The Wall Street Journal published an article that you may have missed while you were observing Yom Kippur. Online on Sept. 28, one of its headlines declared, “Israel Emerges as Top Destination for American Teens Amid Pandemic” The story goes on to say, “With few countries accepting U.S. students, Israel proves a big draw for those seeking meaningful experiences beyond online learning from family couches.”
The essence of the article is that many students are delaying their college freshman year (or delaying their return to campus if they already have a year or two under their belts) since they don’t want to be stuck at home taking courses online or living on a largely empty campus. They want the full college experience. Rather than lose a semester or year of that college experience, thousands have chosen to spend the time in Israel, with others their own age. As a result, the number of Americans taking gap years in Israel has increased by 40%.
A variety of programs allow students to study in Israeli universities or yeshivot, volunteer, work in internships or a combination of these. Many include Hebrew language courses. Year-long programs have already begun, but there are some semester programs that will begin in December and January.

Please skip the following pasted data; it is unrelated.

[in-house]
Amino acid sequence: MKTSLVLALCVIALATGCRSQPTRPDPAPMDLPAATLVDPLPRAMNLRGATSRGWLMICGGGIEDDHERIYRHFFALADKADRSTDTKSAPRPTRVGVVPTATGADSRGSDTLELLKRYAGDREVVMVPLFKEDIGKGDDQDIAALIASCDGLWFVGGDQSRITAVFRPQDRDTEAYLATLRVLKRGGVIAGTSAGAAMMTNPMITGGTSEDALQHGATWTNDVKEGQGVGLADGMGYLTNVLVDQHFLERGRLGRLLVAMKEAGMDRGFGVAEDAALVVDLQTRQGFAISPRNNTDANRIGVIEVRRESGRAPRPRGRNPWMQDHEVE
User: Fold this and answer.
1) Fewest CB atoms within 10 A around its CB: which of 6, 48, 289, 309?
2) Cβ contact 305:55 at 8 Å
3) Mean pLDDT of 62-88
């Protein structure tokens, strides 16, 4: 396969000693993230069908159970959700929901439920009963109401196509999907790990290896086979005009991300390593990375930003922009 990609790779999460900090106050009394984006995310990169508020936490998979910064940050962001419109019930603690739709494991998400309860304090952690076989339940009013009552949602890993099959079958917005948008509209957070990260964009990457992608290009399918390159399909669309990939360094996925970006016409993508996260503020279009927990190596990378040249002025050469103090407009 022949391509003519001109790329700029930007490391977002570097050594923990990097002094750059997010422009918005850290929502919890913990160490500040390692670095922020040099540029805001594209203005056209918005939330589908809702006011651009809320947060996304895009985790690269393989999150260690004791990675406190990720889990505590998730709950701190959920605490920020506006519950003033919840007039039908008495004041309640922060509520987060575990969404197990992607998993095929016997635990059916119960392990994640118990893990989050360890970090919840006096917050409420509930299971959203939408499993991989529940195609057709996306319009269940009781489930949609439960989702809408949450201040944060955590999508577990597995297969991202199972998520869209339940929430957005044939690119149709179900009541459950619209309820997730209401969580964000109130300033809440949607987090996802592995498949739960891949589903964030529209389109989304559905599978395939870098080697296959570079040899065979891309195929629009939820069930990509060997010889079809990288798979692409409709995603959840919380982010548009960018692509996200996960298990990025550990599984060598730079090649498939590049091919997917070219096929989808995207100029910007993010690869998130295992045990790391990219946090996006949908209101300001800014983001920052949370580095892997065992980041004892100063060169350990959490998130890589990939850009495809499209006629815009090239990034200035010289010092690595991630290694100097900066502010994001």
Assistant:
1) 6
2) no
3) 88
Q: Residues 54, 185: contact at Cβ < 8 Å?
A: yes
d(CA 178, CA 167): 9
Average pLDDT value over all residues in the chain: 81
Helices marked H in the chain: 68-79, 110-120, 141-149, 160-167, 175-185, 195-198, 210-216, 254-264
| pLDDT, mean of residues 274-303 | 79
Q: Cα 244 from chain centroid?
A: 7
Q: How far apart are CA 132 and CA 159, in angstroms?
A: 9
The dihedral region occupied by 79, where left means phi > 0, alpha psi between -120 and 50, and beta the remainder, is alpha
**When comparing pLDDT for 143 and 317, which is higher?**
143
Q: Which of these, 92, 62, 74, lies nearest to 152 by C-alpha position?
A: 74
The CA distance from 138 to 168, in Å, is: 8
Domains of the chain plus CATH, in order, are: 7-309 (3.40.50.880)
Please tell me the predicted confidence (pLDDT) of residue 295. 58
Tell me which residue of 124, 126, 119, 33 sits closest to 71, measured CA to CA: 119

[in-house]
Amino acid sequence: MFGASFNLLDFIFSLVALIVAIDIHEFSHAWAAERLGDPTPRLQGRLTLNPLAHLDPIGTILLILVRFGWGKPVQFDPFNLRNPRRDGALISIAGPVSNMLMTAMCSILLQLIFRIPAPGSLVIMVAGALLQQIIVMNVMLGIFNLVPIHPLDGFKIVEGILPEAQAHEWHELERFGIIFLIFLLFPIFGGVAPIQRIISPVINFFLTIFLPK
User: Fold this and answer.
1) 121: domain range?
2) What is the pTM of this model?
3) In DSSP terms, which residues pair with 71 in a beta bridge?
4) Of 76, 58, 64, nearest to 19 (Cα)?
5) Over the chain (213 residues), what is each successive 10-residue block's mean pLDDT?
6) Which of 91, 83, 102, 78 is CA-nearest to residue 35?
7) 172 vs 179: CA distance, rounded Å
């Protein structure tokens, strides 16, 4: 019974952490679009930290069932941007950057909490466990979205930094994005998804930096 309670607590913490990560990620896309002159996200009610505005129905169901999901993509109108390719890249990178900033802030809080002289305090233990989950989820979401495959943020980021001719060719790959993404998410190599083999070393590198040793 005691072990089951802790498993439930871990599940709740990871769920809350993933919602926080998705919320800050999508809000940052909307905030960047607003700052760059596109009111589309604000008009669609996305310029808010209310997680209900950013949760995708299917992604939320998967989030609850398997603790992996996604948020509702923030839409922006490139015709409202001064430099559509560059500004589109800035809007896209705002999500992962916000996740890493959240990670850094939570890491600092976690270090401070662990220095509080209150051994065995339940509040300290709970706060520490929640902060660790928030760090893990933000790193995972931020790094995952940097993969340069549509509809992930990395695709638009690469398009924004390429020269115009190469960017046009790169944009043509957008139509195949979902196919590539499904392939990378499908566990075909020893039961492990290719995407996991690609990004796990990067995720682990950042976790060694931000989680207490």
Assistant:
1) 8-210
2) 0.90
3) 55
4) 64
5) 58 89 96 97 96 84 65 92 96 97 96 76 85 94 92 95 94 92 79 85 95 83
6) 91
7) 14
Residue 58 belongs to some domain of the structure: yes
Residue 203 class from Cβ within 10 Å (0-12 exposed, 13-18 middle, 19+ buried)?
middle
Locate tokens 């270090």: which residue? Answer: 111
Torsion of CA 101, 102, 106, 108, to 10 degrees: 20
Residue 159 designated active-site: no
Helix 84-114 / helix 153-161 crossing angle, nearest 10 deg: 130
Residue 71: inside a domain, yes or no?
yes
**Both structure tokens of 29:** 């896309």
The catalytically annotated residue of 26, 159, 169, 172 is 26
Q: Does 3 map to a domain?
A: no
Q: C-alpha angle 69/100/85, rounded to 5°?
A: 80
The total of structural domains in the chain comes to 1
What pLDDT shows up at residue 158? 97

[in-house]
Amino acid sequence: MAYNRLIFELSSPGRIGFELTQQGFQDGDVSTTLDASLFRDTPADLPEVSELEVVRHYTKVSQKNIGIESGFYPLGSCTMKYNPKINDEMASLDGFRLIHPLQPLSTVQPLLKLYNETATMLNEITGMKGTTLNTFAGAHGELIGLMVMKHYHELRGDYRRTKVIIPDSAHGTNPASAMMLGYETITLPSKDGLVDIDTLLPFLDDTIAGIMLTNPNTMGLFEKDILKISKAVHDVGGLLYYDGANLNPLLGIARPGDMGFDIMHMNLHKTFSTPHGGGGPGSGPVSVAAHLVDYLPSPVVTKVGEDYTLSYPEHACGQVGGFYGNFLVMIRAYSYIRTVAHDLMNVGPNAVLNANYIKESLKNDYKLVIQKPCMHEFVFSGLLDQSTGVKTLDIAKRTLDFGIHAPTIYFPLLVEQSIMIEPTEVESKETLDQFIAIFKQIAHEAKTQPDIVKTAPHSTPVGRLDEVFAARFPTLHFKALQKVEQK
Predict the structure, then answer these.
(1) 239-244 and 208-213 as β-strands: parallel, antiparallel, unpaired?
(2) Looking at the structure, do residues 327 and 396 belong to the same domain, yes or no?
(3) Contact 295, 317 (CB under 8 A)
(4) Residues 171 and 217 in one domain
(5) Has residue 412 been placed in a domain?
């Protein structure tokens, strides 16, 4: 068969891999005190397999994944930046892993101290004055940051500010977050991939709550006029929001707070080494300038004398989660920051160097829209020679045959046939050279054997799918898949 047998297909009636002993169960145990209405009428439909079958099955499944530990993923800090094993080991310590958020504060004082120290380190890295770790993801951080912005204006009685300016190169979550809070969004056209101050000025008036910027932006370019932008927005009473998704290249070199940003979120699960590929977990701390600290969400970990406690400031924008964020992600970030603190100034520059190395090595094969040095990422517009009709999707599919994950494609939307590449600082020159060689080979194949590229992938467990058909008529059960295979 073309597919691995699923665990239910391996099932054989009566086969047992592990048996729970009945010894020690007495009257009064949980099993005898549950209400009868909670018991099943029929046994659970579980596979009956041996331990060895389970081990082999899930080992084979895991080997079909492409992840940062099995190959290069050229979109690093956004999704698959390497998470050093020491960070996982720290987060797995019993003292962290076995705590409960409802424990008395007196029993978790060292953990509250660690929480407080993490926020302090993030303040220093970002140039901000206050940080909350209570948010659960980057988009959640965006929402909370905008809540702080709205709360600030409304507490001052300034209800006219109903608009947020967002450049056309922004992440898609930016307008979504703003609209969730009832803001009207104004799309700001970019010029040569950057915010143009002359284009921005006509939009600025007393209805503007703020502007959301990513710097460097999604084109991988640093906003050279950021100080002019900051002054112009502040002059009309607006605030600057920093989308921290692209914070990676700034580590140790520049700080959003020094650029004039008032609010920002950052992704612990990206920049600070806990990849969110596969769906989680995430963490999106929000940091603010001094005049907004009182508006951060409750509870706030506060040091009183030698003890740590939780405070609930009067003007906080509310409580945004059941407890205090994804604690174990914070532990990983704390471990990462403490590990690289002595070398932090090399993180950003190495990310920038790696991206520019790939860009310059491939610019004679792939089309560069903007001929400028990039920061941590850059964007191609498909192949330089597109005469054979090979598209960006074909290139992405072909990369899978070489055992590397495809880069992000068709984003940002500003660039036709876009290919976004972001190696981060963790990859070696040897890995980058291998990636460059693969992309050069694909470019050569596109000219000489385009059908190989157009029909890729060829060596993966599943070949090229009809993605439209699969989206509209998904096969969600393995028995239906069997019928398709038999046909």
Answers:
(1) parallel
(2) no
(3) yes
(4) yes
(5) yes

The Journal quotes one New Yorker who took a minimalist approach, “Taking a gap year is a big insurance policy against college. If the gap year is great, it’s a life-changing experience. If the gap year kind of stinks, then you still have four years of college, and it’s hopefully more normal than starting college in 2020.”
However, I have never heard anyone complain that a semester or year in Israel was anything but wonderful.
For more information about potential gap year programs and/or grants and scholarships, please contact IsraelDesk@jewishallianceri.org.
LARRY KATZ (email@example.com) is the director of Jewish life and learning at the Jewish Alliance of Greater Rhode Island.